Well, I went back on Friday and, guess who wasn't even there! I went back days in a row and those sellers never reappeared. In fact, I'm going back today, although not to look for my lady's legs. I've given up on seeing them again.
The mannequin head was for a mock-up of a new large-scale sculpture for a proposal to a festival here in Europe. Christina and I are slowly accumulating small tools, and doing more and more art projects here in the apartment. Of course I'm not ready to splash pictures of the proposal around just yet, but I'm excited about the possibilities.
Oh, jeez, I've got so much more to blog about, but I've got to go over to Encants to buy a barbie doll as partial reference for a new sculpture, and you might be getting tired of all this by now. There's more street art, LOTS more sculpture (including more Frederic Mares, my new favorite Catalan sculptor Jassans, market and gallery objects of desire, Swedish nudes, funerary monuments, and more!), my new clay work (yes I'm being reasonably productive), and snapshots of this and that (including Sweden in Winter!)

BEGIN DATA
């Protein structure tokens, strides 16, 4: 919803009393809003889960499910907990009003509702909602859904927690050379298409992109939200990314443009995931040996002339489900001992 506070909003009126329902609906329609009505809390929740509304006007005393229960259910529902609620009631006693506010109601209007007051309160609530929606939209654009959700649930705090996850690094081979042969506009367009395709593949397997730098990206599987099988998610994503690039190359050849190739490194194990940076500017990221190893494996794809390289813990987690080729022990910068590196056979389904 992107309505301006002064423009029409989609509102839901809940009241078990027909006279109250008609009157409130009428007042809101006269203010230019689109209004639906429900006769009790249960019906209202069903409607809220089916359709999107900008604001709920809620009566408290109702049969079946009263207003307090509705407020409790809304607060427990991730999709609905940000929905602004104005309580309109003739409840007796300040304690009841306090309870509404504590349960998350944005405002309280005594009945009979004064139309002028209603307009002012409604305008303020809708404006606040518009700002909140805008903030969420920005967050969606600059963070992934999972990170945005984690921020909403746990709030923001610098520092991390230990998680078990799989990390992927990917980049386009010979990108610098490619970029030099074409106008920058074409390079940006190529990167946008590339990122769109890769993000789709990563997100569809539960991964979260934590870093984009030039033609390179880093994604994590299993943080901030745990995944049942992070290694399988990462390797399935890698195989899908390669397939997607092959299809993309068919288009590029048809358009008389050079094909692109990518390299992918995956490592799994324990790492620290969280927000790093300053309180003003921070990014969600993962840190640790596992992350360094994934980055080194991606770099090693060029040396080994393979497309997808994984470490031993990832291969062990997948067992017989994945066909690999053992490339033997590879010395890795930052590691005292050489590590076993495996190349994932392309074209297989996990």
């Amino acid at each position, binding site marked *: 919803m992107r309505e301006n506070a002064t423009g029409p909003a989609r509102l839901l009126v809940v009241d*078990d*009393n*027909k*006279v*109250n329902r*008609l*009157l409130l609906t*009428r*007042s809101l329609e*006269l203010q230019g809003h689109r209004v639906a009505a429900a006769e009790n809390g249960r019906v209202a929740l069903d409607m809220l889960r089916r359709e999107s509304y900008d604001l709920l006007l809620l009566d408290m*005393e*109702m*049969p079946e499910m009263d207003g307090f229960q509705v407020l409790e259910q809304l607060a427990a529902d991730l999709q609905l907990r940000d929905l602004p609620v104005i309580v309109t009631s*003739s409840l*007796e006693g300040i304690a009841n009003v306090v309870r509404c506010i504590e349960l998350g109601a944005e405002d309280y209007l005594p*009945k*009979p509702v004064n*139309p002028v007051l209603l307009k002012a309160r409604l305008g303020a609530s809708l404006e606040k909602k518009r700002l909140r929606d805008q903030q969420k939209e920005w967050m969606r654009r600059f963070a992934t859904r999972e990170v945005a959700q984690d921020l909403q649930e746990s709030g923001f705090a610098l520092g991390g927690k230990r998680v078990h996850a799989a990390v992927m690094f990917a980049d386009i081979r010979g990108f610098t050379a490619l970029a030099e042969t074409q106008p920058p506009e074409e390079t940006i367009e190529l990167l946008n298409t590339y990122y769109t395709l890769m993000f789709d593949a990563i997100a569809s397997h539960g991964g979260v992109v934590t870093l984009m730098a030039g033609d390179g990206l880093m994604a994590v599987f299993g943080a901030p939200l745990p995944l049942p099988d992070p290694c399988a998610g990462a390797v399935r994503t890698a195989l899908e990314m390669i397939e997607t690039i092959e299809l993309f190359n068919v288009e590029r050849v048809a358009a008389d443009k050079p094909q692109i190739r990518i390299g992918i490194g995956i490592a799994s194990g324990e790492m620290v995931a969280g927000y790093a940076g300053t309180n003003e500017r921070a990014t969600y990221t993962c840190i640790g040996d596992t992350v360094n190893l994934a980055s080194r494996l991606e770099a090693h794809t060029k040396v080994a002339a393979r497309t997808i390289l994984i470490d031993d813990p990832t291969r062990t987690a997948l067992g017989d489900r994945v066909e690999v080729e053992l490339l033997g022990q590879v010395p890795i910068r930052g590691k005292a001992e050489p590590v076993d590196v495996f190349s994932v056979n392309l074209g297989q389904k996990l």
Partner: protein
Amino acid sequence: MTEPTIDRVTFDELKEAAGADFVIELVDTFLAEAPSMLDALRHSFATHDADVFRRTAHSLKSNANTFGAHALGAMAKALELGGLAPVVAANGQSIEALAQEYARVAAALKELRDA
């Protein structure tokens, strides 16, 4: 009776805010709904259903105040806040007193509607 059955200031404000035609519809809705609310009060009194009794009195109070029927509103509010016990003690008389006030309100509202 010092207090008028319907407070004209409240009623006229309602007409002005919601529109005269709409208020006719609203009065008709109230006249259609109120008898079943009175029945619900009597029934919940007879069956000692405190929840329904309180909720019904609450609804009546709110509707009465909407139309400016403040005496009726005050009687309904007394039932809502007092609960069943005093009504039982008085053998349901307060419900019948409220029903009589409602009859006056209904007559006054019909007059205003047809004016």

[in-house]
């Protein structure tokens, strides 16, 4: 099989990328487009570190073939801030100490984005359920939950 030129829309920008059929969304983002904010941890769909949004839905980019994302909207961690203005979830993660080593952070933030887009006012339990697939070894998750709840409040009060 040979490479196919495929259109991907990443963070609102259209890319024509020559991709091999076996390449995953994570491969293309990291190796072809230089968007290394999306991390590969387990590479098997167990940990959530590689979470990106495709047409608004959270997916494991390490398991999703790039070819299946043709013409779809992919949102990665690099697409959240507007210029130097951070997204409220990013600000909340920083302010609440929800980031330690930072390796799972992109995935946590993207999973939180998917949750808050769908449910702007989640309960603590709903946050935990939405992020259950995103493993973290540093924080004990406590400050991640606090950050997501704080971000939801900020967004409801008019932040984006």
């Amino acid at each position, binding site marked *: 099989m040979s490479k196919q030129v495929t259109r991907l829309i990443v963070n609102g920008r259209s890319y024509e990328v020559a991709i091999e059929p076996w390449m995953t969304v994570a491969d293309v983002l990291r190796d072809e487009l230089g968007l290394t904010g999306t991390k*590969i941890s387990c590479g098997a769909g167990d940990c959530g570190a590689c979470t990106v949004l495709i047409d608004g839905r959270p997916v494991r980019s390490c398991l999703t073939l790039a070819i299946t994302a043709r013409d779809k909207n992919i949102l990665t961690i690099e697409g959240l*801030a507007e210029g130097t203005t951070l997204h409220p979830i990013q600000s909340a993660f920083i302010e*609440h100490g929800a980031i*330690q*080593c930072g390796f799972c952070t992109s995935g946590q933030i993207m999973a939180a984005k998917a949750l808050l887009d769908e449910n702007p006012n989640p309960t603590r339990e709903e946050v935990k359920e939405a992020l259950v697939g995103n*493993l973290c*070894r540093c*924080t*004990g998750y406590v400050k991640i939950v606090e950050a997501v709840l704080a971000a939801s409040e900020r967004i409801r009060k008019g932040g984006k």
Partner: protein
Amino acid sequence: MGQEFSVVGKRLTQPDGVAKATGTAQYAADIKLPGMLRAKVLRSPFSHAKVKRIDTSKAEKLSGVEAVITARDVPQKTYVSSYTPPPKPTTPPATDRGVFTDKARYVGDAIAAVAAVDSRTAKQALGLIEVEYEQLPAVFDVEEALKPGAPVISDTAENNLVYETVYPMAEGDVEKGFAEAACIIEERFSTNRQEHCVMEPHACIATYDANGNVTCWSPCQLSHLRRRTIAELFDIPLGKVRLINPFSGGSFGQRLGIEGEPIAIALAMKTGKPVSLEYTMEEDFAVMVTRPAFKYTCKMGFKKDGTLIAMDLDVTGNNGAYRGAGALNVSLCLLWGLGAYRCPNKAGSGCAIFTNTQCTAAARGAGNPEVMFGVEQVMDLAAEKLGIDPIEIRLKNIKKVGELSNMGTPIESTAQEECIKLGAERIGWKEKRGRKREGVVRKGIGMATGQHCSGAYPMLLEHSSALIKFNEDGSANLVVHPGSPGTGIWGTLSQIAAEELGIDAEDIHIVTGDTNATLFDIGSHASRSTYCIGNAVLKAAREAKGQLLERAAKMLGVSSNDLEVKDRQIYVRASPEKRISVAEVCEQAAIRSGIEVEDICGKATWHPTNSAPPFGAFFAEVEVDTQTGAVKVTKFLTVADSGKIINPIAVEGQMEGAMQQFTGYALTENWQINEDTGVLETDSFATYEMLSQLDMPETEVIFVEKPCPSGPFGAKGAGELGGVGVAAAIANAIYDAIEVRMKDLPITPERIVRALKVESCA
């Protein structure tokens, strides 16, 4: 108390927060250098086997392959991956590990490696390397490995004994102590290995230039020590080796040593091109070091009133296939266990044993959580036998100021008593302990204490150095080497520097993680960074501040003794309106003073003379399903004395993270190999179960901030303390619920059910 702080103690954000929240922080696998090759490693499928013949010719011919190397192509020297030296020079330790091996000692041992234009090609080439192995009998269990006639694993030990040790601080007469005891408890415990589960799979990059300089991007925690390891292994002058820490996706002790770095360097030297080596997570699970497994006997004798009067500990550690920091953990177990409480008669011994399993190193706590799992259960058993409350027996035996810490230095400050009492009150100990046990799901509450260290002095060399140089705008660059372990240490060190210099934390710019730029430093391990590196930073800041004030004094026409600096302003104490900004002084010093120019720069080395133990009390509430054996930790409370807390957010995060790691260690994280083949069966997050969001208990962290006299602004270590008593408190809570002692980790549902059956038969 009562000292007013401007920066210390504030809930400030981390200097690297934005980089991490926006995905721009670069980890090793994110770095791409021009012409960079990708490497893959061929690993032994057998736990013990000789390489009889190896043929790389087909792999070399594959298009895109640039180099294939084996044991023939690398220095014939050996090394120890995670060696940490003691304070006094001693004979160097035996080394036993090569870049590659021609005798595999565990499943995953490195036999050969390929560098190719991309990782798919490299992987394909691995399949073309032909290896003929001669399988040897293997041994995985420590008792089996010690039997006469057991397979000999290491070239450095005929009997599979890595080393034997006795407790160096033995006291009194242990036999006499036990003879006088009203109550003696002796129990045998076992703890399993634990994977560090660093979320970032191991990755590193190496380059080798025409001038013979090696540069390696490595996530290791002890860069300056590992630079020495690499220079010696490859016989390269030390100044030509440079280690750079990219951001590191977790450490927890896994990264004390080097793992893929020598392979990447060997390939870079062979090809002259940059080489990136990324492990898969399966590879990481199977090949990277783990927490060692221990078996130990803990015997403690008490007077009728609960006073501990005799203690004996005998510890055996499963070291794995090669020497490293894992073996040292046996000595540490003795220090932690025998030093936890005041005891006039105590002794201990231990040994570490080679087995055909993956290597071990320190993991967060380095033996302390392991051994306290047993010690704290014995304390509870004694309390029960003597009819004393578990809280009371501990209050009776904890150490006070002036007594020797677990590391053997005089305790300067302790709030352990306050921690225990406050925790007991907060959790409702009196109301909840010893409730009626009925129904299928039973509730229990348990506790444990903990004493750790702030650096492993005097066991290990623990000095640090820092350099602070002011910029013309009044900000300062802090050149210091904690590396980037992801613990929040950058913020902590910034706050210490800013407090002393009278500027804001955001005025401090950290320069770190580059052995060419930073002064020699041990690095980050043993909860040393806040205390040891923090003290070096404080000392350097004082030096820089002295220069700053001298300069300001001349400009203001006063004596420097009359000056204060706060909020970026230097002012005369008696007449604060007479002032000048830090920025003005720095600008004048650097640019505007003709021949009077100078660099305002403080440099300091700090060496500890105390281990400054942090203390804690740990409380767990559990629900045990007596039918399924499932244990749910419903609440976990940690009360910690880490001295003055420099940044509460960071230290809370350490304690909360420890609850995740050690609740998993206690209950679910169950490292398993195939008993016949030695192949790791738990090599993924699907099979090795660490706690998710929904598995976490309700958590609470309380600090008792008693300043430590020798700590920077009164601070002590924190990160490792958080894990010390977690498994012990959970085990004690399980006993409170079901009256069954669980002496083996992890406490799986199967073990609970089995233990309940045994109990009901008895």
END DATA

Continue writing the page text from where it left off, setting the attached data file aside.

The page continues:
It seems I've been ending my last few posts with random thoughts about city living, so why not start a pattern! (But don't hold me to it... I might not have anything smart to say one of these days). One thing I have noticed is the huge difference between Spain and many other "western" cultures I've visited in the cultural norms around eye contact on the streets between genders. I think I really first became aware of the enormous range of eye contact behaviors amongst humans when I was in college in New York City. I noticed that some people make eye contact, some don't, some hold it for a long time, and for others it's brief. In the USA, it often says a lot about the psychological state of the "looker." Confidence begets more eye contact, and the opposite holds true as well. Well, in Spain, you can't infer anything like that, because there is essentially no eye contact between genders on the street. I've looked online to find the reasons, but really the best explanation I've heard was provided by my friend Grey. Women, he explained, must not make eye contact with men for fear that this might be interpreted as romantic or sexual interest, thereby unleashing a torrent of unwanted attention. If true (and I see no reason why it wouldn't be) this certainly says a lot about the lack of boundaries on the part of Spanish men. In my online readings about culturally acceptable levels of eye contact, it has become clear that the norms I am observing here adhere more closely to those in the Muslim world than anything I've seen in America, England, Australia, Russia, or even Brazil. In that same conversation with Grey, he told me what a strange sensation it was for him, what a surprise and even a relief it was, to step off a plane in Holland and have a woman look at him. The few women who have looked at me, here in Spain, were either foreigners or prostitutes. And yes, it was jarring.